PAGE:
Have you ever heard a b2b marketing person make the following case: "If you just get a single sale out of this campaign, then it will have paid for itself." To be frank, I am guilty of having thought along those lines at times. That perspective, while plausible, doesn’t actually pay the bills. Furthermore, for many companies, the online competitiveness of their industries are so intense that driving qualified visitors has become an expensive and uncertain activity.
How can you both afford and justify the costs of b2b marketing? What counts as an acceptable result?
The perspective I favor involves a bigger-picture view of the sales cycle. A lead is a lead, and most often leads need to be cultivated over a period of time in order to convert to paying clients. That’s not necessarily a novel concept, but what’s new are the evolving tools / channels available to help foster those relationships. What’s difficult is keeping up with those channels while also having a handle on the basics, like sending out blogs and newsletters and also picking up the telephone. There are many more potential touch points than ever before, but each requires a strategy and execution. Should you be Tweeting or blogging (or both)?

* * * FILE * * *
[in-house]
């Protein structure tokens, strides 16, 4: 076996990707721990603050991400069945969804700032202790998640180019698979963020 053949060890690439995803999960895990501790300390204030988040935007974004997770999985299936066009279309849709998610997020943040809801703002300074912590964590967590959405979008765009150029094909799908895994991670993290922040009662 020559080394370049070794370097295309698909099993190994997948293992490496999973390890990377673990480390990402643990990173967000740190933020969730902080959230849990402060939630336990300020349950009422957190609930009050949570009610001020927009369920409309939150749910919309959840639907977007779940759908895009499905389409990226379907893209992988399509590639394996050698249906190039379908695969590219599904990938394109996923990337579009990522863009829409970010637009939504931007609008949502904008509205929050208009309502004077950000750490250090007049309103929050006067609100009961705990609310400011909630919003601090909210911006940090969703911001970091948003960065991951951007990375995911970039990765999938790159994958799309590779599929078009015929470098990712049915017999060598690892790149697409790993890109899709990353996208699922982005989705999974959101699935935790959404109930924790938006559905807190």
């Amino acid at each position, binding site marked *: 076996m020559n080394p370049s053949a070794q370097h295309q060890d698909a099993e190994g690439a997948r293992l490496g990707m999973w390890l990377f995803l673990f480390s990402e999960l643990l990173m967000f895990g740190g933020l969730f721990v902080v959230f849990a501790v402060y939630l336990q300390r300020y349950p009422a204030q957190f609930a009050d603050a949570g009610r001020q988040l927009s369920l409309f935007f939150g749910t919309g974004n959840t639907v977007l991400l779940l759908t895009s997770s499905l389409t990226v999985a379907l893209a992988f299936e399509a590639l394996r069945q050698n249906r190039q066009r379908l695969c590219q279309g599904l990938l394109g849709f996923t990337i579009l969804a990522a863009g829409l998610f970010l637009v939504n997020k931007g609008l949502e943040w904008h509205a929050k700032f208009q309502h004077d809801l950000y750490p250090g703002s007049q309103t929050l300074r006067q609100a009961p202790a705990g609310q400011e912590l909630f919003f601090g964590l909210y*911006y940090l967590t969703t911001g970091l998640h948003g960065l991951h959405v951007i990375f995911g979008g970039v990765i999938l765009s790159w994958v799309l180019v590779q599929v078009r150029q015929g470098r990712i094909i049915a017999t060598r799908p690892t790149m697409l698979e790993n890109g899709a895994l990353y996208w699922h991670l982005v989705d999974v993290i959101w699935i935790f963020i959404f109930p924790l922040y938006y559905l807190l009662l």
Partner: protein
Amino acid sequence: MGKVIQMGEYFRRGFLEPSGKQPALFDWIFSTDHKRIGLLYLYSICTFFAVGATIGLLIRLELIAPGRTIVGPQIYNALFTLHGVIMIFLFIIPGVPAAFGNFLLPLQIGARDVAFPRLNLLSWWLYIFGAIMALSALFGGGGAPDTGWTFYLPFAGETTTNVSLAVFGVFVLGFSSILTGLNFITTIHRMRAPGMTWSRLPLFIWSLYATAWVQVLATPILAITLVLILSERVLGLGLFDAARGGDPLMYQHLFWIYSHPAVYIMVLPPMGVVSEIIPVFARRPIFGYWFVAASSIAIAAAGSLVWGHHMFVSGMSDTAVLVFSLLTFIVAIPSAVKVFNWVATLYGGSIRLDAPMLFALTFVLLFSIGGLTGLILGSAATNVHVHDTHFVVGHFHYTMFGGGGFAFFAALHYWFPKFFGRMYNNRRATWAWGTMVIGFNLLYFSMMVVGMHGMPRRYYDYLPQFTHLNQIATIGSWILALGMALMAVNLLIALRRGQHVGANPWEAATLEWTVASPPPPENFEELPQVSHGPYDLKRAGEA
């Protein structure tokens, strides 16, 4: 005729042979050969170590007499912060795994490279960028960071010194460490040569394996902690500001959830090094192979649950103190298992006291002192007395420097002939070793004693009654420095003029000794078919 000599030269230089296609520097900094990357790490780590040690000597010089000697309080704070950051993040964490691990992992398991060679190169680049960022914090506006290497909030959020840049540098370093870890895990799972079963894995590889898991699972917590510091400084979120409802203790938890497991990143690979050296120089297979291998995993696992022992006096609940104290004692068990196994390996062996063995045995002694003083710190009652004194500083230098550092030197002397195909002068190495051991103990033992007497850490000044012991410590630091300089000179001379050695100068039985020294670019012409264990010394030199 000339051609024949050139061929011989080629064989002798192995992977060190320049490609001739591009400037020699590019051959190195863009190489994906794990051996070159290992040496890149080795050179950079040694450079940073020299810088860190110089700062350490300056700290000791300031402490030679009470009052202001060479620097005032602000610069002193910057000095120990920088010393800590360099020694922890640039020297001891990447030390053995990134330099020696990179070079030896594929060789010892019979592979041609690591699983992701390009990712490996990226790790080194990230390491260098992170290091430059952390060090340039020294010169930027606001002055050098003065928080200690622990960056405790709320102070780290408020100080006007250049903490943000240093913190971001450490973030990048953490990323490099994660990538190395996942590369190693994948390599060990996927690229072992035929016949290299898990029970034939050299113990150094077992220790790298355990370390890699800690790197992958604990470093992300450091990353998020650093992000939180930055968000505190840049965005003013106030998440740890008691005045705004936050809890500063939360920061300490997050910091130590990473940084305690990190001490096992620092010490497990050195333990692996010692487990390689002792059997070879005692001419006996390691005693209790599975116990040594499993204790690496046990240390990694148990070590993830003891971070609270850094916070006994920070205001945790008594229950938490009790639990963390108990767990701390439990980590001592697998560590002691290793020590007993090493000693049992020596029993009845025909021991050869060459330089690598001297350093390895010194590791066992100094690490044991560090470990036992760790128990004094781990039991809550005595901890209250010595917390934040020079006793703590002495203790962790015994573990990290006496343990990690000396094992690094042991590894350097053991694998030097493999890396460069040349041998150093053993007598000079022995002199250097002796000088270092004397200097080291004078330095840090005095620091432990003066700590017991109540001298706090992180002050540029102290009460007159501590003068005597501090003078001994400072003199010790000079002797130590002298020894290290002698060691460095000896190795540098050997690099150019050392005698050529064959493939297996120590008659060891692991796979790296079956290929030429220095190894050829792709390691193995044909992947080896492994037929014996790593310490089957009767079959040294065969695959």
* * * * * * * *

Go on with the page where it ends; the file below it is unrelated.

Try to take a step back and recognize that even in older eras of b2b selling, consummating a deal took time. The internet has compressed time in so many ways, but sales is still centered on establishing confidence and building relationships.
There is no single formula for converting leads into customers, but a plan with specific communications-oriented action steps needs to be established that incorporates a longer-term mindset. The sales that occur quickly are very nice, but your bread and butter will remain organizations that get to know you over a period of time and remember to reach out to you when they are ready to get serious about making a purchase. Develop a workable way to stay in front of your prospects over time. This will make worthwhile the costs associated with generating the leads in the first place.